Apple stores in China continued with business as usual yesterday despite a court-ordered ban on iPhone sales, but the U.S. tech giant faces a growing nationalist backlash over the U.S.-sought arrest of a Huawei executive.
According to U.S. chipmaker Qualcomm, which requested the ban, the Fuzhou Intermediate People's Court ordered four Apple subsidiaries to stop selling older models of the iPhone, including the 7, 7 Plus, 8, and 8 Plus.
But Apple stores contacted by Agence France-Presse (AFP) in Beijing, Shanghai and Fuzhou said they were still selling those older models - confirming a company statement that all remain available.
Sales staff at a Beijing Apple store said they had not yet received any internal notices about the court injunction on iPhone sales.
"If the ban is ultimately imposed, there will be no Apple products under 6,500 yuan ($940) in China," noted Wang Xi, a senior market analyst at research firm IDC.
That would give Chinese smartphone brands, such as Huawei, "more opportunities in the high-end market," he told AFP.
Qualcomm's request to halt iPhone sales is part of a long-running patent dispute with Apple.
Separately, Apple is also the target of nationalist sentiment over the arrest of Huawei's chief financial officer in Canada at the behest of the United States on alleged Iran sanctions violations.
The Chinese government has condemned the arrest and demanded her release.
Some Chinese netizens and companies have also turned against Apple.
"What if China banned Apple the way the U.S. has banned Huawei?" wrote one user on Twitter-like Weibo in a post that garnered more than 500 likes. "What if Apple lost its manufacturing center in China?"
Leaked company documents announcing rewards for Huawei purchases and penalties for owning Apple products are also circulating on Chinese social media.
A tech firm based in southwestern China, Chengdu RYD Information Technology, said it would reward employees who bought Huawei products with subsidies in an internal notice that it later confirmed via its official WeChat account.
The Shanghai Nanchong Chamber of Commerce confirmed that it too was offering subsidies for Huawei smartphones, and that staff and executive members of the business group would "lose their positions" if found with Apple products.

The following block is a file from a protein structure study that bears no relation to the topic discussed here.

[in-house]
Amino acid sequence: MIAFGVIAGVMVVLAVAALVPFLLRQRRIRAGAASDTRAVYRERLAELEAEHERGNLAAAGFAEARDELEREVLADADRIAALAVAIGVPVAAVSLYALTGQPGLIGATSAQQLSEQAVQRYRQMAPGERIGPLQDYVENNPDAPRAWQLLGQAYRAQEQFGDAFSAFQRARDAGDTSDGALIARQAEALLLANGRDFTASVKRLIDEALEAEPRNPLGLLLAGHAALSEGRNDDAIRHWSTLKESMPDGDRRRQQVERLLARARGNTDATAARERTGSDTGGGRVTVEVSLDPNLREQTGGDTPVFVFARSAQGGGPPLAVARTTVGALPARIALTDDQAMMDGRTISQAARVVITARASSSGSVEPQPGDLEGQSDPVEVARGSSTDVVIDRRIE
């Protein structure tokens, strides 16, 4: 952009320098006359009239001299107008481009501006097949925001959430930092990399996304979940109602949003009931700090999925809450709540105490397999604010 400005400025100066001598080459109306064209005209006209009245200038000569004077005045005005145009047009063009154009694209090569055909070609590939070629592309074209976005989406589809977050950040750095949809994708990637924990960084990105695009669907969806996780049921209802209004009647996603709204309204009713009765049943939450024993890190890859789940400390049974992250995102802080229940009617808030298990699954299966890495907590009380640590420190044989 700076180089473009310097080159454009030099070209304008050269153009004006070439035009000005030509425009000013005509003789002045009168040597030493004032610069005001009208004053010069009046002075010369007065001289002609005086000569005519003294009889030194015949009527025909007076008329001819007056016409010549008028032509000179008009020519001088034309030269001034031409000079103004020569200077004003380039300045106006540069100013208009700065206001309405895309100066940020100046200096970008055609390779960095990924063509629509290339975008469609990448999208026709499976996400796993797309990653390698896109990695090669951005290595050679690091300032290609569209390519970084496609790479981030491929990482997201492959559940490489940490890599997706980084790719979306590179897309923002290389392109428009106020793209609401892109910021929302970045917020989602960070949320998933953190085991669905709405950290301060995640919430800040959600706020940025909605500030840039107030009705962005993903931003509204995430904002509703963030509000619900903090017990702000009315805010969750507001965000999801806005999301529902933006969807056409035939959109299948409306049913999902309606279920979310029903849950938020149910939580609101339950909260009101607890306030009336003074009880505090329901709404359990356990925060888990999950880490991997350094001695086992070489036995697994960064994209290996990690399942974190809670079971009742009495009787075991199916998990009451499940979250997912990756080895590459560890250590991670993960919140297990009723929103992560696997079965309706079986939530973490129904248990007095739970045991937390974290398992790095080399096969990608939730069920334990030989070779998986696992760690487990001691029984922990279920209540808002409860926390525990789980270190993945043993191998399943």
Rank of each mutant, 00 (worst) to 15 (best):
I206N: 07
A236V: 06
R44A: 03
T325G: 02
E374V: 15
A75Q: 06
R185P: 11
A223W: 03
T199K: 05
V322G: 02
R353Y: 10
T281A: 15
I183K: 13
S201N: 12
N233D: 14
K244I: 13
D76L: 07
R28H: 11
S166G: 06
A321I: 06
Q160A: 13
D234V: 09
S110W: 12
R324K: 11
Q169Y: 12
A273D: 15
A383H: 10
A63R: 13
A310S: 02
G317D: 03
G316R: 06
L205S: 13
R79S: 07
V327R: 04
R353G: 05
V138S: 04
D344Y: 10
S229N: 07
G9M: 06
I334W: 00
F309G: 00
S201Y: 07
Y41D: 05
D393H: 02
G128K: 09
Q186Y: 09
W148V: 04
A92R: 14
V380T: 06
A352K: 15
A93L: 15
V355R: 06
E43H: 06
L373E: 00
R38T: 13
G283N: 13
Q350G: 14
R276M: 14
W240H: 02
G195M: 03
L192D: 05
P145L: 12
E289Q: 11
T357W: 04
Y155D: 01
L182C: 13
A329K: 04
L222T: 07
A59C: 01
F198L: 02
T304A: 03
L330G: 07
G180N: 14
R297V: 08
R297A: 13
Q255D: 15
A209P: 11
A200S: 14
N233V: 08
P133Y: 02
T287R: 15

It seems that "general sentiment is gradually turning to against Apple and support Huawei now," due to recent events, such as Meng's arrest and the U.S.-China trade war, said Wang.
China is a crucial market for Apple, but is has been overtaken by Chinese competitors in recent years.
According to a 2018 financial report, China, Hong Kong and Taiwan were together Apple's third-largest market by net sales, after the Americas and Europe.
Apple chief executive Tim Cook has also made regular visits to China, and has touted the company's inroads in the Chinese market as well as its manufacturing there.
But Apple's premium-priced products remain out of reach for many users, increasing the appeal of more affordable phones produced by local companies.
Apple has the fifth-largest market share in China, trailing behind Huawei, Oppo, Vivo and Xiaomi, according to data from IDC.
Qualcomm, the leading supplier of chips for mobile devices, serves several Apple competitors in China, including Huawei, and has been in a prolonged legal battle with Apple in recent years.
Apple has claimed that Qualcomm is abusing its market power over certain mobile chipsets in order to demand unfair royalties, joining a string of antitrust actions against the chipmaker.
Qualcomm has countersued Apple and earlier this year escalated its legal fight, claiming the iPhone maker stole trade secrets and shared them with mobile chip rival Intel.
According to Qualcomm's U.S. lawsuit, Apple's goal was to buy mobile chips from Intel instead of depending on Qualcomm.
An Apple statement to AFP called Qualcomm's effort to ban iPhone sales in China a "desperate move by a company whose illegal practices are under investigation by regulators around the world," and added that "we will pursue all our legal options through the courts."
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